30 die in 'victory for SA voteless'

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The Independent Online
THE African National Congress hailed yesterday's South African general strike in which millions stayed away from work as a 'victory for the voteless'. But it was a victory for which, on the eve of the strike, as many as 30 of those voteless paid with their lives.

Most of the killings occurred on Sunday in Natal, where 21 died, including 10 in the Indian Ocean township of Esikhawini. At least five people died early yesterday morning, three shot dead by police in Soweto. Otherwise, allegations of intimidation both by ANC supporters and the police, few of them proven, flew thick and fast.

However it was not certain that all of the violent incidents had been linked to the ANC's campaign of 'mass action', which continues today with a further 24- hour strike - and into the rest of the week with countrywide rallies and street protests.

Cyril Ramaphosa, the secretary-general of the ANC, said yesterday afternoon that the strike had been a 'phenomenal success', having kept 4 million workers, or 90 per cent of the black labour force, away from work. Independent estimates, including some by business groups, put the figure at 90 per cent for the Johannesburg area, but closer to 75 per cent for Durban and 50 per cent for Cape Town.

'The disenfranchised have unmistakably voted with their feet for peace and democracy,' Mr Ramaphosa said. The strike had sent 'a clear signal' to the government in support of ANC demands for an interim government, an elected assembly to draft a new constitution and measures to stop political violence.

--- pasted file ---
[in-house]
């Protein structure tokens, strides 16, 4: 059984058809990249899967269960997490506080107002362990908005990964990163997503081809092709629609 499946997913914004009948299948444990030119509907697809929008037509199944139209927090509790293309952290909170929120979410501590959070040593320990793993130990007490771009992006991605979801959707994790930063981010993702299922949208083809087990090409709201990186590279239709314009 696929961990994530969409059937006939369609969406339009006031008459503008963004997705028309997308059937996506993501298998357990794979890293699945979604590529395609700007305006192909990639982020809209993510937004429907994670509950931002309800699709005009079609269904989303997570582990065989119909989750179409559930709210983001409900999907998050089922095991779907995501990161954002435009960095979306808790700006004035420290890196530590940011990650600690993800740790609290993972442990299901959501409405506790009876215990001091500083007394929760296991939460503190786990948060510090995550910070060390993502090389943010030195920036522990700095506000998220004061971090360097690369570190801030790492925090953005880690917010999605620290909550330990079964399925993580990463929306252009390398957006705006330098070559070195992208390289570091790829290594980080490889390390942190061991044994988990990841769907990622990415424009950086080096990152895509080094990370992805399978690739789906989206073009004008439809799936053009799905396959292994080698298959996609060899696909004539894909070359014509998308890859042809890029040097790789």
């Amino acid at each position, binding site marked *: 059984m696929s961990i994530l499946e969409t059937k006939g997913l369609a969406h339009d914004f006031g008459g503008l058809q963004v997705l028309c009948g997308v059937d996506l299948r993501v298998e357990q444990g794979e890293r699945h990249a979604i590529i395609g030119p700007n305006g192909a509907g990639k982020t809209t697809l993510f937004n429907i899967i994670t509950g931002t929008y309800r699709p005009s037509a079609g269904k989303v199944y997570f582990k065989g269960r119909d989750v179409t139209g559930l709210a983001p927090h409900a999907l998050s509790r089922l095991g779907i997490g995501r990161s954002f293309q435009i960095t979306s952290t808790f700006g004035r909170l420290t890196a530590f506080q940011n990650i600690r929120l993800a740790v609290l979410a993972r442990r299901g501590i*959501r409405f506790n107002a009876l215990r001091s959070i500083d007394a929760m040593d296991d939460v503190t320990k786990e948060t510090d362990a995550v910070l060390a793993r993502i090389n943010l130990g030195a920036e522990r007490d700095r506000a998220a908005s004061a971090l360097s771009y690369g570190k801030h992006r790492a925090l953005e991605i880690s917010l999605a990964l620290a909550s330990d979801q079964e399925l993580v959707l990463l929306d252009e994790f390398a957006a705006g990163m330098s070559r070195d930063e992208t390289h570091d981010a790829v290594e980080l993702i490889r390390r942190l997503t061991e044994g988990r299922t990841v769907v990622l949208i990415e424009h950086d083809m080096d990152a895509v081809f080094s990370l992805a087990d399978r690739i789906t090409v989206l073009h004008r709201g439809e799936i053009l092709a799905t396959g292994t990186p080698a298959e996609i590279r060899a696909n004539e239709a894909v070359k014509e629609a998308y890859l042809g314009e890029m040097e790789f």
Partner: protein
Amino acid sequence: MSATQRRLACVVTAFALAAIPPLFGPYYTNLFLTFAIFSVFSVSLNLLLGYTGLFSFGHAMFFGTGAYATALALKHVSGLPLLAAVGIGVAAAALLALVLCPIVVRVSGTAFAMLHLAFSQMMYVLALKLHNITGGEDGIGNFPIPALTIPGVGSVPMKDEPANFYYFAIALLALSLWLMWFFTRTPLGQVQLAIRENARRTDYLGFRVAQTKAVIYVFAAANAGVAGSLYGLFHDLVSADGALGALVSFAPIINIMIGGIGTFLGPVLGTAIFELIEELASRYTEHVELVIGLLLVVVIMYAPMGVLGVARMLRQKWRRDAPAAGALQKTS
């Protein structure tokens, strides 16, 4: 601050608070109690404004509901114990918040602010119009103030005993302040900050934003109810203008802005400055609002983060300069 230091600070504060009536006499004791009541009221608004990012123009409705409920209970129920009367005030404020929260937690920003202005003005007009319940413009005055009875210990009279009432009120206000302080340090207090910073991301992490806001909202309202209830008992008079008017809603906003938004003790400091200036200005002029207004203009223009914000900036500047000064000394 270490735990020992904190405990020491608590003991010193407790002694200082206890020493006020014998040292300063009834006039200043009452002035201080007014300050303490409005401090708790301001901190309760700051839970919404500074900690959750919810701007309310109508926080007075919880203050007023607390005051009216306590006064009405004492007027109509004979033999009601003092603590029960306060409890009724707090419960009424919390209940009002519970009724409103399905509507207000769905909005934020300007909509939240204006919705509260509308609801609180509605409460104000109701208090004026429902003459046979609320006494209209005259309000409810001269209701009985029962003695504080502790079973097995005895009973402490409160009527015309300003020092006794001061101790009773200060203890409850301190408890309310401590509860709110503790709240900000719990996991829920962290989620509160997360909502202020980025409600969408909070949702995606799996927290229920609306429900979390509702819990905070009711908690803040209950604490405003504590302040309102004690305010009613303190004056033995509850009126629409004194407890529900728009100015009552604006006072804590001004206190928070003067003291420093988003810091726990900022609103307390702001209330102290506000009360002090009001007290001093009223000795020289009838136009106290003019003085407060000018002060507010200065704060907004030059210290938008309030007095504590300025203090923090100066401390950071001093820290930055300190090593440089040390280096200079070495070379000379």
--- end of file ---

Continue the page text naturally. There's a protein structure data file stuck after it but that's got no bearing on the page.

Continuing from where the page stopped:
One such measure urged by the ANC is a restraint on the KwaZulu police, often described as the 'private army' of the right- wing Inkatha Freedom Party. Yesterday ANC sources in Esikhawini, the scene of long-standing conflict between the ANC and Zulus allied to Inkatha, claimed that the KwaZulu police had carried out the gun attacks on


The government, which had repeatedly warned that mass action would generate violence, denounced the ANC yesterday for employing 'economic terrorism as a political instrument'. Tertius Delport, Deputy Minister of Constitutional Affairs, said the government was 'not going to be pressurised or forced into political or constitutional abdication'.

In an ominous development, the government of the 'independent' Ciskei homeland denied entry yesterday to one of 10 United Nations observers in South Africa to monitor the ANC campaign. Ciskei's leader, Brigadier Oupa Gqozo, has threatened to shoot any demonstrators who attempt to enter his territory during a planned ANC march on his capital, Bisho, today. Yesterday he called in the South African Defence Force for assistance.

Township protest, page 9

Leading article, page 14